If there's one thing I've been lucky to not experience, it's athletic injuries, even while accumulating years and mileage. The left ankle that was sprained in fall of 2001 while playing ultimate is still larger than the right one. And I kicked a rock hidden under the leaves somewhere around mile 37 at the 2012 Ozark Trail Endurance Run, tweaking something deep in my calf muscle, eventually dropping out around mile 50 for my first and only DNF. Otherwise: nothing debilitating. Some IT band syndrome early in 2012 (not recommended—the worst, most-painful non-injury injury, just deeply weird to relieve knee pain by massaging your hip) that took a while to get rid of. But nothing else that I can recall. Resilience isn't sexy, but so what? I'll take it.
What is the difference between resilience and luck? I don't know. Injuries can be bad luck (hidden under the leaves). Injuries can be earned through stupidity. But what's the path that leads to not-injury? Of course that's a nonsense question. It's like asking how I roll so many 4s while playing craps.
What happens is this: something hurts. OK, no big deal when you're Muy Hombre. Just a pain in the right calf, somewhere down low, somewhere you'd expect an occasional pain because you run with the zero-drop thin-rubber shoes. And you think: I've had worse. It doesn't necessarily affect the run itself, it just hurts in the morning. Then it hurts after the run. Then it hurts during the run. Then a two-mile run involves some walking. And there you are.
This is a hard lesson. I tried taking two days off, to no avail. I got tired of limping around the house, around the office, etc. This time I'm taking a week off.
The horror! The horror!
It's hard to take time off something that has, for good or for ill, become entwined with your own self-definition. But it's a long game, right? This is something we're trained to understand as systems engineers: sub-optimize the component to optimize the system that it's a part of. Take a week off, lose a little bit of (planned) training, in order to do better over the long term.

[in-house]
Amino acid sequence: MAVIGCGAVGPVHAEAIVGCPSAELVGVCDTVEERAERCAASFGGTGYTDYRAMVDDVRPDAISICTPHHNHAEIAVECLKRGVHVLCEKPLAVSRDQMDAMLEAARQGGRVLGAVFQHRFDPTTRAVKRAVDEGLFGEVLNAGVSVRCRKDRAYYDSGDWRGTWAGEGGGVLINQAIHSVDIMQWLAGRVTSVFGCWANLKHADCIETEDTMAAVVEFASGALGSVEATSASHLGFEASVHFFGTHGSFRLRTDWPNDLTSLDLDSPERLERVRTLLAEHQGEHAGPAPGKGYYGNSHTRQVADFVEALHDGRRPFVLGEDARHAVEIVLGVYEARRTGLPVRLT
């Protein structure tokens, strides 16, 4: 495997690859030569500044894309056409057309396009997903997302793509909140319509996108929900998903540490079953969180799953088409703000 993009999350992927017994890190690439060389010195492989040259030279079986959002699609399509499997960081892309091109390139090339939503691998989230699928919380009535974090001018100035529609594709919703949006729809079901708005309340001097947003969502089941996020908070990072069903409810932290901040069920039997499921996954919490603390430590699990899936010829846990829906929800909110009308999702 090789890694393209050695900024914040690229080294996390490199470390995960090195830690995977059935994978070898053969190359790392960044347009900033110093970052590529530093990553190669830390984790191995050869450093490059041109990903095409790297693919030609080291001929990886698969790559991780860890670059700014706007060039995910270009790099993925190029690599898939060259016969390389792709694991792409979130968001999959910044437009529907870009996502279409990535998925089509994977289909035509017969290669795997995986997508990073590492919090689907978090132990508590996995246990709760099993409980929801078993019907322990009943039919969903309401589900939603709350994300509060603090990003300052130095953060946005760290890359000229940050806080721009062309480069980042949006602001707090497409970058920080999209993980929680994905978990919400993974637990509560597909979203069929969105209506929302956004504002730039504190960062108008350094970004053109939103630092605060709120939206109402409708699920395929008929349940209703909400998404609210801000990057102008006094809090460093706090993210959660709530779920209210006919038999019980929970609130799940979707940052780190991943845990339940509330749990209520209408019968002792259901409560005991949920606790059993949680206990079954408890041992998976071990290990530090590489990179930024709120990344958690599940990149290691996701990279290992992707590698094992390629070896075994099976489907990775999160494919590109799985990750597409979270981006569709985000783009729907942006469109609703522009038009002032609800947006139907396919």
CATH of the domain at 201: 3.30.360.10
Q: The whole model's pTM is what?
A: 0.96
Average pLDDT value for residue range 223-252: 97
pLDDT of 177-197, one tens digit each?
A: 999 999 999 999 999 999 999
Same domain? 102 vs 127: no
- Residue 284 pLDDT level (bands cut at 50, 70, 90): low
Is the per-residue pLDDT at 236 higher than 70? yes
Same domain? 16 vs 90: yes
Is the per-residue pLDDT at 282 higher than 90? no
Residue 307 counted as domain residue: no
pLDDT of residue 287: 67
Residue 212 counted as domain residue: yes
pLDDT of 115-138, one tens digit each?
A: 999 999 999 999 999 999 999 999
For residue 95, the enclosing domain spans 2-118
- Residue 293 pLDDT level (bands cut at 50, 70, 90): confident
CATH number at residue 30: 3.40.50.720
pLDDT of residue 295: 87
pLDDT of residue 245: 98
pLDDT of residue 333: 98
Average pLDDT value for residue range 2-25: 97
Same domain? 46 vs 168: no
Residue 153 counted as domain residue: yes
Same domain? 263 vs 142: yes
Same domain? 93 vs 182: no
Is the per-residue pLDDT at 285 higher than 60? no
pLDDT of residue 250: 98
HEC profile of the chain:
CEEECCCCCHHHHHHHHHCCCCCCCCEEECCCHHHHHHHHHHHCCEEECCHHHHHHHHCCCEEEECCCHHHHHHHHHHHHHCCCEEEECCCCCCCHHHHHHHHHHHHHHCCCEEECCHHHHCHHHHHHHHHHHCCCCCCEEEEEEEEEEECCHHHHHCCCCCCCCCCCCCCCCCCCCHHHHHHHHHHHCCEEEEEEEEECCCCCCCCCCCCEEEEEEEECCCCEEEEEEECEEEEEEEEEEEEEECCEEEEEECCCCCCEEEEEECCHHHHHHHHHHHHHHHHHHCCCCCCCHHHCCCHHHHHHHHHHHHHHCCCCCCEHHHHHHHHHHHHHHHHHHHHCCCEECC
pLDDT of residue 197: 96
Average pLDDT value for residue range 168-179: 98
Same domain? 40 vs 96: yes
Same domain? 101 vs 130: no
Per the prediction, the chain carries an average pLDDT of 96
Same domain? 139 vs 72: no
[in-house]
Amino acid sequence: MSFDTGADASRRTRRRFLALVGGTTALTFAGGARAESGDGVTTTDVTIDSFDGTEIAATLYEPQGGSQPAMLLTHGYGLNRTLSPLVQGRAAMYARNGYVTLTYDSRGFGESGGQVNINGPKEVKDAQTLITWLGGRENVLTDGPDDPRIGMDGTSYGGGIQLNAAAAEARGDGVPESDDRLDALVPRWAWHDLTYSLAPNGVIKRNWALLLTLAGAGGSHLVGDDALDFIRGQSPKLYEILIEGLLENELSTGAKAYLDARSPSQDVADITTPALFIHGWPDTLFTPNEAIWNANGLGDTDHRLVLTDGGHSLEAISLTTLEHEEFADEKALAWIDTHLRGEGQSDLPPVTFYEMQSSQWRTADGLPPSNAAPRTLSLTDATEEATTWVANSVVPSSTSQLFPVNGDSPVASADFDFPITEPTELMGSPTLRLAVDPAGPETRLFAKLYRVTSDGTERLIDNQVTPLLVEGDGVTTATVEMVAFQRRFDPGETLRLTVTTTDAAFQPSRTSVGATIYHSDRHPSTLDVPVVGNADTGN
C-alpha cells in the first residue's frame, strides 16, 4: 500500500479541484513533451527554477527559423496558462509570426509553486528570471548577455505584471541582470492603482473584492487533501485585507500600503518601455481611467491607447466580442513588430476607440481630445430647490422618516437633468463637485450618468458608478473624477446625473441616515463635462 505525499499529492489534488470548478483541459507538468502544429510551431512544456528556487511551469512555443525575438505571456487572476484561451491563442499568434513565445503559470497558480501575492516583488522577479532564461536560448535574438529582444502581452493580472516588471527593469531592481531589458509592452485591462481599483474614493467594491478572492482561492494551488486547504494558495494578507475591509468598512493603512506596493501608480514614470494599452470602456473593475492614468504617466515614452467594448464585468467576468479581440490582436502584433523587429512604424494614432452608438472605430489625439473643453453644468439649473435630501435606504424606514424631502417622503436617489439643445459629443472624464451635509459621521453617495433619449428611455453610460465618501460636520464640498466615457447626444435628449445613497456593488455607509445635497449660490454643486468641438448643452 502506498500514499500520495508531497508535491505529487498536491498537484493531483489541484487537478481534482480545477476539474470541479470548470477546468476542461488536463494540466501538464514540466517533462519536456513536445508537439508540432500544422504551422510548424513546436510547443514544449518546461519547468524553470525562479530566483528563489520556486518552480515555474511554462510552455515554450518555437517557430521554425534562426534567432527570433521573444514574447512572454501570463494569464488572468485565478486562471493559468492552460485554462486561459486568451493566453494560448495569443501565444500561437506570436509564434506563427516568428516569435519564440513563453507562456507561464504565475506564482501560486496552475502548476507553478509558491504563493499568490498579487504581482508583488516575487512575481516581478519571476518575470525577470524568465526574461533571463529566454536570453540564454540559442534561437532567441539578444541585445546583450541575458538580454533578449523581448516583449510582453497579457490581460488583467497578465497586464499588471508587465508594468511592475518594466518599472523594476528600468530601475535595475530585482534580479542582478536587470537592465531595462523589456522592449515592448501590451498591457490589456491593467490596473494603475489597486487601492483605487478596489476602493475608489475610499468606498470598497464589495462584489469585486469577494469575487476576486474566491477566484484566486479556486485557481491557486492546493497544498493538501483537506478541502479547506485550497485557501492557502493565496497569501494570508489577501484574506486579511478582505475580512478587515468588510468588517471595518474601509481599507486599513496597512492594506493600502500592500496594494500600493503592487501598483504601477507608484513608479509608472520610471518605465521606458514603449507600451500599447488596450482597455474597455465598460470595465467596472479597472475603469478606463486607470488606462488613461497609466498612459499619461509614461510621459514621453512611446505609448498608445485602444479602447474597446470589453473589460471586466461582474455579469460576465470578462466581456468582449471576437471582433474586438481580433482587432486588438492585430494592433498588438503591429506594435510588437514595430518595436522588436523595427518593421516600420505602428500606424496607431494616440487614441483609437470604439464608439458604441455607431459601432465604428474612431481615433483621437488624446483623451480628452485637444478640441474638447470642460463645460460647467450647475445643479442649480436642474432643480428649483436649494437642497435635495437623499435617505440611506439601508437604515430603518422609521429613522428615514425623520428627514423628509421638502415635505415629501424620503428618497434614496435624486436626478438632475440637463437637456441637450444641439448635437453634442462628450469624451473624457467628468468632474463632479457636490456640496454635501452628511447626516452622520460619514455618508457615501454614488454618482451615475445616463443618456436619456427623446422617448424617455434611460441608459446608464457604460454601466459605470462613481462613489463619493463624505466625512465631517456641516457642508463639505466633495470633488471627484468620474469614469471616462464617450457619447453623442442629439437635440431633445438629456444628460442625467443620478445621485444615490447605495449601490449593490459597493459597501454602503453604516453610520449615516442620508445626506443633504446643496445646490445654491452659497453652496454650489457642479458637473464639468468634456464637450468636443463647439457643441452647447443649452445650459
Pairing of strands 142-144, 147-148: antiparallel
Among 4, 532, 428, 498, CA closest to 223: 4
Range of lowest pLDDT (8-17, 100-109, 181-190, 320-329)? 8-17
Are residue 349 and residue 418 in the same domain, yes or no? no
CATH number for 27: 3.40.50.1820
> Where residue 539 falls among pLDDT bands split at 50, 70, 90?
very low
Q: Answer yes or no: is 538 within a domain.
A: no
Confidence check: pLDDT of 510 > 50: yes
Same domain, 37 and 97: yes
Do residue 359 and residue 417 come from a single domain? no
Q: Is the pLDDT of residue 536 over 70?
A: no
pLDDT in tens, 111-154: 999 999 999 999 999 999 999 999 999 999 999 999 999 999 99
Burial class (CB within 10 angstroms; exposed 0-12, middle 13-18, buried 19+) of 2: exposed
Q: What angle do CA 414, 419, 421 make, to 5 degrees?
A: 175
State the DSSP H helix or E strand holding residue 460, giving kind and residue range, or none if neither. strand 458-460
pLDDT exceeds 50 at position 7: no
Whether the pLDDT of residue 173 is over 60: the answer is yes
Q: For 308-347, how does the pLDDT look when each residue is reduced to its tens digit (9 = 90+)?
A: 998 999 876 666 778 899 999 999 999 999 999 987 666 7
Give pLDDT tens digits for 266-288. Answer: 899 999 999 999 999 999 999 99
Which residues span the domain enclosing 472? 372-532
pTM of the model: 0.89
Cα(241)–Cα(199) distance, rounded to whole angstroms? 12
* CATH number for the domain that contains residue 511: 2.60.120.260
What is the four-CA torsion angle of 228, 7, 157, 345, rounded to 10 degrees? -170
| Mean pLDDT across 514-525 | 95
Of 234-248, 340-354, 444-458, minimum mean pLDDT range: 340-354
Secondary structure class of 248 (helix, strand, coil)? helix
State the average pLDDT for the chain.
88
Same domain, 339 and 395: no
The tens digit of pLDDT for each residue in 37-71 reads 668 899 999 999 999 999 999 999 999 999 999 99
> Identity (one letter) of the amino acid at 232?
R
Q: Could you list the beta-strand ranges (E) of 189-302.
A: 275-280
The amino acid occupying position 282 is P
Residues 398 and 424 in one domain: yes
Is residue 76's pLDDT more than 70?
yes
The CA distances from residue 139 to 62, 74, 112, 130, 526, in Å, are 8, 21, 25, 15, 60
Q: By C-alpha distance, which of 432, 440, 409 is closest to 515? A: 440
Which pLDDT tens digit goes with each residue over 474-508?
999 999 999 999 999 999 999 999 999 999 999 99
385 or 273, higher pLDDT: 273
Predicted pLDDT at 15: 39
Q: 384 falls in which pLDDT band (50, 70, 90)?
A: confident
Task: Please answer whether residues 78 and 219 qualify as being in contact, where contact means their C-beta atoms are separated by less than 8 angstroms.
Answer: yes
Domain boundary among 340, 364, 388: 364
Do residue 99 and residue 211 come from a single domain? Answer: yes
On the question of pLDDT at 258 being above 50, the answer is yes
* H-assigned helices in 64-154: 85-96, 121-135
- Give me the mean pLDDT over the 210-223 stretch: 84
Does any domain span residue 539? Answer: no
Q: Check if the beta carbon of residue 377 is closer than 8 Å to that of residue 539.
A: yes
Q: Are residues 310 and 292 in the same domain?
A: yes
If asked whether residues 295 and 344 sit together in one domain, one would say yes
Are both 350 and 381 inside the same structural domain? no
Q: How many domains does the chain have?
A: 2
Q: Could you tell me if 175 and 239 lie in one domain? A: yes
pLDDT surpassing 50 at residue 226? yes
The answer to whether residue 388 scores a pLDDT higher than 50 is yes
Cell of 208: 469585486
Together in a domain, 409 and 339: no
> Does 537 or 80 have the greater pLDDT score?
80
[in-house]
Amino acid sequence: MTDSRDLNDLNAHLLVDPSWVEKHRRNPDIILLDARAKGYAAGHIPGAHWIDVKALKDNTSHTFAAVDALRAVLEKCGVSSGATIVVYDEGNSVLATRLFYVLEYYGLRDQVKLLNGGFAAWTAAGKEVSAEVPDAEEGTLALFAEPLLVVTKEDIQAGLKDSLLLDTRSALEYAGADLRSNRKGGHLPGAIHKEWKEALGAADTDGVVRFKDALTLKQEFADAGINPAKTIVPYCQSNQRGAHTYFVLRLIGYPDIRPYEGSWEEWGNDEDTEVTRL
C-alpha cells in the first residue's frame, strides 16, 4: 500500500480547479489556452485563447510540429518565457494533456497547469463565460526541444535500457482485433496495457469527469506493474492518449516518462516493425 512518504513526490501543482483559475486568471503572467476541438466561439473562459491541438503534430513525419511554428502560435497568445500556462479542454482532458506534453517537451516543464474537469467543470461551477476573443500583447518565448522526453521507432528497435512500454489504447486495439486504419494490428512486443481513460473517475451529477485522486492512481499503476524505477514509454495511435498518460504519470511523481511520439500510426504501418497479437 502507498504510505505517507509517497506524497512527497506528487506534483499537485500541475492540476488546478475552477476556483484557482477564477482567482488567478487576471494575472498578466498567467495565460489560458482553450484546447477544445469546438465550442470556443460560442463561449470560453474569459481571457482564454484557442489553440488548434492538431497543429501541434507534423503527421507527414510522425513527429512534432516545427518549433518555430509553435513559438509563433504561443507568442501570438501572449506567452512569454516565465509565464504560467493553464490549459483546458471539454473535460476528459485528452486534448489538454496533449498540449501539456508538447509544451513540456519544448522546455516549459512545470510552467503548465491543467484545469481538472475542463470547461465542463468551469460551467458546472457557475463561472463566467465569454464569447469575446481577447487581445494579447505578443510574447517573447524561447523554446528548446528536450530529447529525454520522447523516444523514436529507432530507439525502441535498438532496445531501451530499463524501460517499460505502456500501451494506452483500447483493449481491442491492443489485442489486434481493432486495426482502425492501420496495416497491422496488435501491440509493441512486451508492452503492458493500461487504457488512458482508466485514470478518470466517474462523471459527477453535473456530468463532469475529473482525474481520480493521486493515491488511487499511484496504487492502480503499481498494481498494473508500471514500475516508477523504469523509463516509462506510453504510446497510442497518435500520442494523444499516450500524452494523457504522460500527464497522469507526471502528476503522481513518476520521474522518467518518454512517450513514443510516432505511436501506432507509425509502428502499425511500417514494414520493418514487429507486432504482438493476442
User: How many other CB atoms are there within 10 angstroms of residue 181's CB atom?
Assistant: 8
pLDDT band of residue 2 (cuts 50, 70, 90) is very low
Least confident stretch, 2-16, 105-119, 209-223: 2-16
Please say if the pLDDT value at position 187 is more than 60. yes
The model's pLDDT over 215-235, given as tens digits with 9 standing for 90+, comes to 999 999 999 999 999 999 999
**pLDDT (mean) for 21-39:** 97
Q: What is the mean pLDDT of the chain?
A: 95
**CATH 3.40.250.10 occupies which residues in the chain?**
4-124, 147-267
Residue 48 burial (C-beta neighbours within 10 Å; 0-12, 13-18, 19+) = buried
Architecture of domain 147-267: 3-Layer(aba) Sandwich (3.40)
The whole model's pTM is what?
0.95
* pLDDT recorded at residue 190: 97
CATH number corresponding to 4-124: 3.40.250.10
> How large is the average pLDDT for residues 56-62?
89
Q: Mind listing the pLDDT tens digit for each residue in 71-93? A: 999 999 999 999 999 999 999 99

Those words are all very sensible to send out to the rest of the world, but internally it's just... chomping on the bit to get moving... want to push it, but...
It's like that out in the Real World, too, eh? When you're going the same way you've been going, dragging something (like your leg) behind you, losing ground, pushing anyway... sidelined... chomping on the bit to get moving...
I've taken a week off running now, but this week I discovered ("discovered") an exercise bike in the gym. It's a different set of muscles, and different kind of energy to make it ago, and—most importantly—it doesn't piss off the muscle or whatever that was causing the trouble. So that whole time there were options within the constraint, I had just always mentally filtered out the exercise equipment in the gym because it didn't match my vision of myself.
I was going to start running again tomorrow, but I might not—I might mine that cycling vein for a while and see how it turns out. I was going to give up this web programming kick tomorrow, but I might not—I might mine all these ideas for implementing other ideas for a while and see how it turns out. I've got no plan for either thing, it's just fun to push it, get good enough to compete, lace 'em up, go, and let the race sort itself out.